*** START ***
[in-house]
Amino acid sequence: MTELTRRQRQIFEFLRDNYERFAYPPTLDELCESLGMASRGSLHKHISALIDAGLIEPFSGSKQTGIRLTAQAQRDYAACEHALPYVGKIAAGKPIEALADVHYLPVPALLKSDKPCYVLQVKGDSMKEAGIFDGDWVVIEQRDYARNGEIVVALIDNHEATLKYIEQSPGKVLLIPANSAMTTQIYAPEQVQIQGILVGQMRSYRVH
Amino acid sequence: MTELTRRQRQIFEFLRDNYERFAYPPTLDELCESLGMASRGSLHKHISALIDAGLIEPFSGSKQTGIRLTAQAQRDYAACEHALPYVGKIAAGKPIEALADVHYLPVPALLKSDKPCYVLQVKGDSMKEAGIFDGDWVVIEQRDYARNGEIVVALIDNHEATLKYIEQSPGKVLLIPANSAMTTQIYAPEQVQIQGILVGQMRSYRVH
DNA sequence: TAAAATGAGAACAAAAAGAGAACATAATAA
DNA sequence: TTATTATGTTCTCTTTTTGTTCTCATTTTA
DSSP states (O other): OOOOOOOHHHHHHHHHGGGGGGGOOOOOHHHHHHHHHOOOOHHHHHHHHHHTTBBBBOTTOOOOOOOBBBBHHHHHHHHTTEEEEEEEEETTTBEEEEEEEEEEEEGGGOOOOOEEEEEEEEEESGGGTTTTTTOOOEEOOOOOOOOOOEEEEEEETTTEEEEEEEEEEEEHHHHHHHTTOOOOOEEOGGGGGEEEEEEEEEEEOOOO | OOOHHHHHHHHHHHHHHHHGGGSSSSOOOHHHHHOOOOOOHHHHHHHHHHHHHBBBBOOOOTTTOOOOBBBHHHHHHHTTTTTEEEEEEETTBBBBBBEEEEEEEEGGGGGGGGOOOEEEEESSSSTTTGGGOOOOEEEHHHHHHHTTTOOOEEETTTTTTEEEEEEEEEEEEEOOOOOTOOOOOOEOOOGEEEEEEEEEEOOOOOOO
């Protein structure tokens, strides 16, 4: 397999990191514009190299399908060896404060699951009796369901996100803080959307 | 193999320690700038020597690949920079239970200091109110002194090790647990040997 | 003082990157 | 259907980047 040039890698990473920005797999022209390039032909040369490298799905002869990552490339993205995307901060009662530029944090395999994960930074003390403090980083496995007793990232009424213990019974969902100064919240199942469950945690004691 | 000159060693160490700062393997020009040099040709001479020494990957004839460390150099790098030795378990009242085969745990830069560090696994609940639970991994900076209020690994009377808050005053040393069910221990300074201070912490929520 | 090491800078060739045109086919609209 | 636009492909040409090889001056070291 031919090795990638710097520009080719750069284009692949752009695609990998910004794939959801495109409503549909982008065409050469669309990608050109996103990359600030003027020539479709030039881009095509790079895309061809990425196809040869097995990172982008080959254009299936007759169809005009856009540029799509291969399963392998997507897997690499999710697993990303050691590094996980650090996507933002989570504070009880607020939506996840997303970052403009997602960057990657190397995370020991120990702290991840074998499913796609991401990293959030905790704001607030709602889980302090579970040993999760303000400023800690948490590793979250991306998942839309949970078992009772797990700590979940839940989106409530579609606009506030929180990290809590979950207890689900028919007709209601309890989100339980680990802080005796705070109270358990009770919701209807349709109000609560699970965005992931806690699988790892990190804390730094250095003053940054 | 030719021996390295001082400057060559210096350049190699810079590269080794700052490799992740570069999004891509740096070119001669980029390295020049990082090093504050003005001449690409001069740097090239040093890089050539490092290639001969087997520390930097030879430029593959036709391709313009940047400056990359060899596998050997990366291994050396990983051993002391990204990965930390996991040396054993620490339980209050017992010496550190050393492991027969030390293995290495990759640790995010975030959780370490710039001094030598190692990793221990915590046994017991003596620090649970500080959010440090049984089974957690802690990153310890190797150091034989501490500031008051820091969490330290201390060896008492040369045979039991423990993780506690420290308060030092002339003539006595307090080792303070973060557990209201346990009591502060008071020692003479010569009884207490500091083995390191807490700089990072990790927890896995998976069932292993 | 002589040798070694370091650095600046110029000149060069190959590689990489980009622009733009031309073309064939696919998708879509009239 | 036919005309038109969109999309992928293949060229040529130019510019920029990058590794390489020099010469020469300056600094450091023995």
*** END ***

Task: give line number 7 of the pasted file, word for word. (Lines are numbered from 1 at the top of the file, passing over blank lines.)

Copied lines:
């Protein structure tokens, strides 16, 4: 397999990191514009190299399908060896404060699951009796369901996100803080959307 | 193999320690700038020597690949920079239970200091109110002194090790647990040997 | 003082990157 | 259907980047 040039890698990473920005797999022209390039032909040369490298799905002869990552490339993205995307901060009662530029944090395999994960930074003390403090980083496995007793990232009424213990019974969902100064919240199942469950945690004691 | 000159060693160490700062393997020009040099040709001479020494990957004839460390150099790098030795378990009242085969745990830069560090696994609940639970991994900076209020690994009377808050005053040393069910221990300074201070912490929520 | 090491800078060739045109086919609209 | 636009492909040409090889001056070291 031919090795990638710097520009080719750069284009692949752009695609990998910004794939959801495109409503549909982008065409050469669309990608050109996103990359600030003027020539479709030039881009095509790079895309061809990425196809040869097995990172982008080959254009299936007759169809005009856009540029799509291969399963392998997507897997690499999710697993990303050691590094996980650090996507933002989570504070009880607020939506996840997303970052403009997602960057990657190397995370020991120990702290991840074998499913796609991401990293959030905790704001607030709602889980302090579970040993999760303000400023800690948490590793979250991306998942839309949970078992009772797990700590979940839940989106409530579609606009506030929180990290809590979950207890689900028919007709209601309890989100339980680990802080005796705070109270358990009770919701209807349709109000609560699970965005992931806690699988790892990190804390730094250095003053940054 | 030719021996390295001082400057060559210096350049190699810079590269080794700052490799992740570069999004891509740096070119001669980029390295020049990082090093504050003005001449690409001069740097090239040093890089050539490092290639001969087997520390930097030879430029593959036709391709313009940047400056990359060899596998050997990366291994050396990983051993002391990204990965930390996991040396054993620490339980209050017992010496550190050393492991027969030390293995290495990759640790995010975030959780370490710039001094030598190692990793221990915590046994017991003596620090649970500080959010440090049984089974957690802690990153310890190797150091034989501490500031008051820091969490330290201390060896008492040369045979039991423990993780506690420290308060030092002339003539006595307090080792303070973060557990209201346990009591502060008071020692003479010569009884207490500091083995390191807490700089990072990790927890896995998976069932292993 | 002589040798070694370091650095600046110029000149060069190959590689990489980009622009733009031309073309064939696919998708879509009239 | 036919005309038109969109999309992928293949060229040529130019510019920029990058590794390489020099010469020469300056600094450091023995």